James Daley

By James Daley

Regulating markets effectively can be an impossible job. As the free market followers will remind you - regulation distorts, fixing one problem but often creating others. Nevertheless, sitting aside and letting the market have its way often leaves the most vulnerable to get washed away with the tide. Sitting back and leaving consumers to learn their lessons the hard way is not consistent with the kind of society that most of us want to live in.

The payday lending market is quite a phenomenon. Over the last five years it exploded, as firms like Wonga made effective use of technology to offer loans to customers within a matter of minutes. The cost for that convenience was high, but lenders rightly claimed that few people walked into payday loans without understanding the cost. The growth in the market was, according to the industry, simply unmet demand - borrowers who weren't being serviced by banks and other lenders. Were it not for payday lenders, then borrowers would have ended up in the arms of illegal loan sharks.

Radical regulation

When the Financial Conduct Authority took charge of regulating the credit industry earlier this year, it had to make sense of these persuasive arguments, at the same time as listening to an increasing clamour from consumer groups and politicians to regulate the payday lending market to within an inch of its life.

Today, it concluded the first round of its work, by announcing the introduction of a price cap that will asphyxiate most of the industry to extinction. From January, lenders will no longer be able to charge any more than 0.8% interest a day - that's 80p for each £100 borrowed. And the total cost of credit will never be able to exceed 100%.

This is the heaviest piece of regulation the financial services industry has ever seen. Combined with the FCA's insistence that lenders go back and review previous lending decisions - and refund interest and fees to people who should never have been lent to - it is likely to wipe out all but a handful of companies in this market. And those that survive will have to accept a fraction of the margins that were available to them in the past.

A proportionate response? Possibly not. But if the distorting effect of its actions is that this industry all but disappears, it will ultimately be good for consumers - whether they like it or not.

Politicians weigh in

I'm fairly sure that the FCA would not have gone for anything nearly as drastic had it not been bounced into a price cap by politicians. But having now entered new waters, my hope is that it will be brave enough to carry this kind of thinking through into other sectors. Within the lending market, overdrafts and equity release need another good look at - while the FCA has already passed up chances for some radical solutions to solve pricing and transparency problems in the insurance industry. It should revisit these with a braver approach as well.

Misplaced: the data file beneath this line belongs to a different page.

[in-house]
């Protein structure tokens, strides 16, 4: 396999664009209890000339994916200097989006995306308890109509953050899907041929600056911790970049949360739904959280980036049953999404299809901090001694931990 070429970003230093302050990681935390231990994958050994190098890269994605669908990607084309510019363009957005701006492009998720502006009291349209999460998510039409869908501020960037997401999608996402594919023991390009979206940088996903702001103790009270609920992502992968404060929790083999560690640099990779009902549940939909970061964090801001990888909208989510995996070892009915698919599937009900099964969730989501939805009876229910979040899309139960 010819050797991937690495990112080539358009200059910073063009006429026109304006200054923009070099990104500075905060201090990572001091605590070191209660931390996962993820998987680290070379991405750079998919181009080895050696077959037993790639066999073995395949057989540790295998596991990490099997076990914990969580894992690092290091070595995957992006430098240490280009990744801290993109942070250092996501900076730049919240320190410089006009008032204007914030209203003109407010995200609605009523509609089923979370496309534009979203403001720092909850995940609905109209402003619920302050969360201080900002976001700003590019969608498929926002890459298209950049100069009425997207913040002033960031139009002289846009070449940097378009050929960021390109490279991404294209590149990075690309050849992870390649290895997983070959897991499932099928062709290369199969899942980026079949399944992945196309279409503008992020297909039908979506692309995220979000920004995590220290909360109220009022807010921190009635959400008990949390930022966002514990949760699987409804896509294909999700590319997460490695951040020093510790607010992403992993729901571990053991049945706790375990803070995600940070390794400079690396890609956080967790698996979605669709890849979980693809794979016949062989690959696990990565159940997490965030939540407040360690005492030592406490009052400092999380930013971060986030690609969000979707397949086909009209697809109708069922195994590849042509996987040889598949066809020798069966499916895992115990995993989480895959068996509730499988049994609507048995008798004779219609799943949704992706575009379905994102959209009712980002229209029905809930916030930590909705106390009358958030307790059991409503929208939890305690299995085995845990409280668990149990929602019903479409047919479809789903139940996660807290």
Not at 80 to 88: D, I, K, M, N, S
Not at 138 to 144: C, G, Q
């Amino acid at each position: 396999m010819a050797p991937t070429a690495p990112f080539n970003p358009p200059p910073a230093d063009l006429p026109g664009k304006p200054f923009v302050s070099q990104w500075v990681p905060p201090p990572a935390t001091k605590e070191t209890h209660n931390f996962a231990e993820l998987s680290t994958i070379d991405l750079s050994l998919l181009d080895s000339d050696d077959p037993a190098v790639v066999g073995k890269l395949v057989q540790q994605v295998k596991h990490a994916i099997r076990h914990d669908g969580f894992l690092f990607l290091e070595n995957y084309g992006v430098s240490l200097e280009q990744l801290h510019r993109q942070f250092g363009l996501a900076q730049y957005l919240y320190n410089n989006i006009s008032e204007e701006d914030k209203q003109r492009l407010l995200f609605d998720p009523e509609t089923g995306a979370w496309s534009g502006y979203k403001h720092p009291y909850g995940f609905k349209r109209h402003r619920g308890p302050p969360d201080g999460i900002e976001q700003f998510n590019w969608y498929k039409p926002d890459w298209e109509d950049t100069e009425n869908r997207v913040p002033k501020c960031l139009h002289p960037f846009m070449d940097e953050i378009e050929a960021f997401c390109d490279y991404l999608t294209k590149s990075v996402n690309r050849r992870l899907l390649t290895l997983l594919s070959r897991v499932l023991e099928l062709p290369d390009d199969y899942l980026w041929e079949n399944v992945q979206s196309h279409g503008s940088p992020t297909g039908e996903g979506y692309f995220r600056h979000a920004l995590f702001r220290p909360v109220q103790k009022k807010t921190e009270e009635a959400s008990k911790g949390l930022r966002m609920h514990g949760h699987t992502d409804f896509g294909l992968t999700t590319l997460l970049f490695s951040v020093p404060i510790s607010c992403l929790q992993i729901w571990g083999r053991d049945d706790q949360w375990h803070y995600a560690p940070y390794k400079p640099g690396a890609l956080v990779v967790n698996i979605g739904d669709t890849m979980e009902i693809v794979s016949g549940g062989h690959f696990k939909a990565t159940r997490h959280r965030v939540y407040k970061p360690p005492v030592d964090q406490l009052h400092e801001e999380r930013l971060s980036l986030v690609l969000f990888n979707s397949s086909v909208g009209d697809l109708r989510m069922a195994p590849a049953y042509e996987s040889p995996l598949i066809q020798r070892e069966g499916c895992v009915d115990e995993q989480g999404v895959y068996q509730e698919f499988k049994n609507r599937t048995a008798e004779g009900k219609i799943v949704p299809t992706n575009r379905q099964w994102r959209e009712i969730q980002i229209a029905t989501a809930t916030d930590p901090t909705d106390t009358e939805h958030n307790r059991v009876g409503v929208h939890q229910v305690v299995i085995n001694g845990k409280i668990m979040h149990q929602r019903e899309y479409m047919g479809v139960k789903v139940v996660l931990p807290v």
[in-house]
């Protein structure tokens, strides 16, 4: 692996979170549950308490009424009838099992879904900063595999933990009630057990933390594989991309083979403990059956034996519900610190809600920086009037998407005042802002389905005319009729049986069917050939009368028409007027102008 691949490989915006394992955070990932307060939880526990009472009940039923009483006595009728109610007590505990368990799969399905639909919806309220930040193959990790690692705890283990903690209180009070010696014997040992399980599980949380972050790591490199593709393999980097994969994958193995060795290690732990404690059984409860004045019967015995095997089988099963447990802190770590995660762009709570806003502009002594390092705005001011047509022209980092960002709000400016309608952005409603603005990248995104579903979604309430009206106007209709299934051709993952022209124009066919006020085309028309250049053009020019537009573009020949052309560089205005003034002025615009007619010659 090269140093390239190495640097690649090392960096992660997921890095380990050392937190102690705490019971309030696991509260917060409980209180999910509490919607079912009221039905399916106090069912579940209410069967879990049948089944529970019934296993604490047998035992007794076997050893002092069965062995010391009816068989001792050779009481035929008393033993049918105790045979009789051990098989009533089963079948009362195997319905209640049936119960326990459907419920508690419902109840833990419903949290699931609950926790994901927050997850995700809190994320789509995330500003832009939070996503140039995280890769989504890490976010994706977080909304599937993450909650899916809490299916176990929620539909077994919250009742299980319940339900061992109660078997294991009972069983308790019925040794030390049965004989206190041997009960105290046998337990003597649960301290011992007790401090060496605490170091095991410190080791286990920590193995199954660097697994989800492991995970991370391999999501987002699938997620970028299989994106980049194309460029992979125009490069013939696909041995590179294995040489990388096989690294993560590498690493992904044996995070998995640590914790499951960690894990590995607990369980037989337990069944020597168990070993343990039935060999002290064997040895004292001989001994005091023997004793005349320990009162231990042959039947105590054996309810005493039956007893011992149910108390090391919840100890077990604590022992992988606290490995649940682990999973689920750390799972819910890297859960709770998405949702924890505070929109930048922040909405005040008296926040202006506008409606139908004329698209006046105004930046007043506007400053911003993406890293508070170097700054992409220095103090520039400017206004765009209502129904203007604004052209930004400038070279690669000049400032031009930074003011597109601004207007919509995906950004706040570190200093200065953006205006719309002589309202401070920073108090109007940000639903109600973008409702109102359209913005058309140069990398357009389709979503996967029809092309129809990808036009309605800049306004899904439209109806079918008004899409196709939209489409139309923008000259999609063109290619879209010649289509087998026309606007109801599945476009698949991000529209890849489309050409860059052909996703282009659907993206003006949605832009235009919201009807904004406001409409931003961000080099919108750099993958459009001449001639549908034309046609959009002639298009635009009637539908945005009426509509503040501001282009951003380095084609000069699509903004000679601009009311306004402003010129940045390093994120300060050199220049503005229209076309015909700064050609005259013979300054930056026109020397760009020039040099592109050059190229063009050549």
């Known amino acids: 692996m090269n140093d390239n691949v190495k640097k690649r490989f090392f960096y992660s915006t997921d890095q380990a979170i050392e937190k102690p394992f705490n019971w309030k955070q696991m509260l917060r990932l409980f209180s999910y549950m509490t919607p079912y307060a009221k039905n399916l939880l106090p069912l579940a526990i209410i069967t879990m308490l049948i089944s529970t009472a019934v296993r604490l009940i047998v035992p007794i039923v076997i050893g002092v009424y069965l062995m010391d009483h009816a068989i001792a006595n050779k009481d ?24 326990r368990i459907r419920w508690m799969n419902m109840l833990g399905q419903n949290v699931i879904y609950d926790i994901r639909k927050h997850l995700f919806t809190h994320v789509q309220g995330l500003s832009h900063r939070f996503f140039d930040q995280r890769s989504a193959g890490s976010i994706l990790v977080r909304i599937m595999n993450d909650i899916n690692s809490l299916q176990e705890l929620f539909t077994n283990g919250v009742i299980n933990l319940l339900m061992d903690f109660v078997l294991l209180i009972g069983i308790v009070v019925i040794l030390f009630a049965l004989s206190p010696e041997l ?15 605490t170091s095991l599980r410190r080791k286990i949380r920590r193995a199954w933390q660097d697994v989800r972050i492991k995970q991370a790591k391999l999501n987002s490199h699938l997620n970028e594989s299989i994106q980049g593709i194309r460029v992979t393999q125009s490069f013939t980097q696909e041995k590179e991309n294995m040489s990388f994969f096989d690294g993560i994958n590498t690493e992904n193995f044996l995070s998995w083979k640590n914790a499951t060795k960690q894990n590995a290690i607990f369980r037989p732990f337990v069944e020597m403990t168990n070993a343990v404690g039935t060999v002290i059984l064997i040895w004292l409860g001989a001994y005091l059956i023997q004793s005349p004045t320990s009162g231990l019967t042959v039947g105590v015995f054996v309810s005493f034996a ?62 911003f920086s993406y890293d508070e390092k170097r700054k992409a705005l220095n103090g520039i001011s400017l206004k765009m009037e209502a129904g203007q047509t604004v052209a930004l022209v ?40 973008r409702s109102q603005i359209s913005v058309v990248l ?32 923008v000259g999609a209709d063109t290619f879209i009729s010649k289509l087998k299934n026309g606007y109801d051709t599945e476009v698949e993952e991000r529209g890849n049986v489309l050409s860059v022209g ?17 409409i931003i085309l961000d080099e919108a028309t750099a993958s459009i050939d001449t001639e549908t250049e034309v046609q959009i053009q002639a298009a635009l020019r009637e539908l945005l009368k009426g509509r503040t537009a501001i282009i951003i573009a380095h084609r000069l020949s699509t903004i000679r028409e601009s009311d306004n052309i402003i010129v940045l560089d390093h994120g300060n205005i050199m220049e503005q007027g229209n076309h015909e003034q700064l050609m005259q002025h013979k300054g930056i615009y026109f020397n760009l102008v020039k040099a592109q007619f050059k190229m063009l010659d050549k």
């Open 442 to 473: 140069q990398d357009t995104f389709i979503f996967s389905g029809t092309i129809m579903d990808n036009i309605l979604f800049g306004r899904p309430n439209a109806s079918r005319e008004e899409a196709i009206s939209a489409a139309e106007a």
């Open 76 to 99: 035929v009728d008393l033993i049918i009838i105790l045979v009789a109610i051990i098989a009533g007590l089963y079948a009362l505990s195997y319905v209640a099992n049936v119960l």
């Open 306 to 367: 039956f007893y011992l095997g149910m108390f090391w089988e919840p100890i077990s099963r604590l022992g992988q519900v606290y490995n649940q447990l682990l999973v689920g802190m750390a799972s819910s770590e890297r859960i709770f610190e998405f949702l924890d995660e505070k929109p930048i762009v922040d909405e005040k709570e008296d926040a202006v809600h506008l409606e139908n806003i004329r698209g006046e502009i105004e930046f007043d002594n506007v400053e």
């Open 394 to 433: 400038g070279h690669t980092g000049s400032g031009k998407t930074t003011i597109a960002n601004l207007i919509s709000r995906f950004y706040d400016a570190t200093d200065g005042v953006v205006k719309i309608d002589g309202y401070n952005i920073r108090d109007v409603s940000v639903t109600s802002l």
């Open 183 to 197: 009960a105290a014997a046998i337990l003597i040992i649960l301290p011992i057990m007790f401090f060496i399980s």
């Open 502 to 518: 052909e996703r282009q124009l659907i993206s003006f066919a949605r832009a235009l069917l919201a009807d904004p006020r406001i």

It will no doubt want to see how things bed down with payday loans first - but I'm willing to bet that the kind of consequences predicted by the industry will never materialise.

The growth of black market lending is not something to be taken lightly. There is no protection for consumers, and borrowers are often subjected to physical violence or threats to themselves and even to their family if they do not pay up.

But illegal loan sharks were not a massive problem in the UK before the advance of payday lending, and it's hard to believe they will be once the industry has been scaled back. Although the headlines today are all about the FCA's price cap, the real danger of payday loans was the ease with which people could get their hands on them. As the industry are forced to do more data sharing, and more rigorous affordability checks, it should get much harder for people to get their hands on credit if they can't afford it.

Before payday loans existed, people who couldn't get access to credit were more likely to turn to their family or friends for support - or to seek professional debt advice. Often, payday loans merely delayed the inevitable, keeping people solvent for a few extra months, and leaving them in a worse position when things fell apart. In other cases, borrowers were tempted to instantly gratify themselves - using payday loans to buy the phone or holiday that in the past they would have been forced to save up for. The instant nature of payday loans meant that people often didn't pause for thought.

As much as anything, the new regulations are about protecting people from themselves. That might seem paternalistic, but few would now disagree with the law that forces you to wear a seatbelt, or the ban on tobacco advertising. For those who can afford payday loans and understand the costs and risks, the option will still be there.

Today is certainly a watershed moment in terms of Britain's approach to financial services regulation. Our fear of hands on regulation has created a financial services market where mis-selling scandals have been a permanent fixture of the landscape, and the clean up job has too often been done retrospectively. Things are finally changing.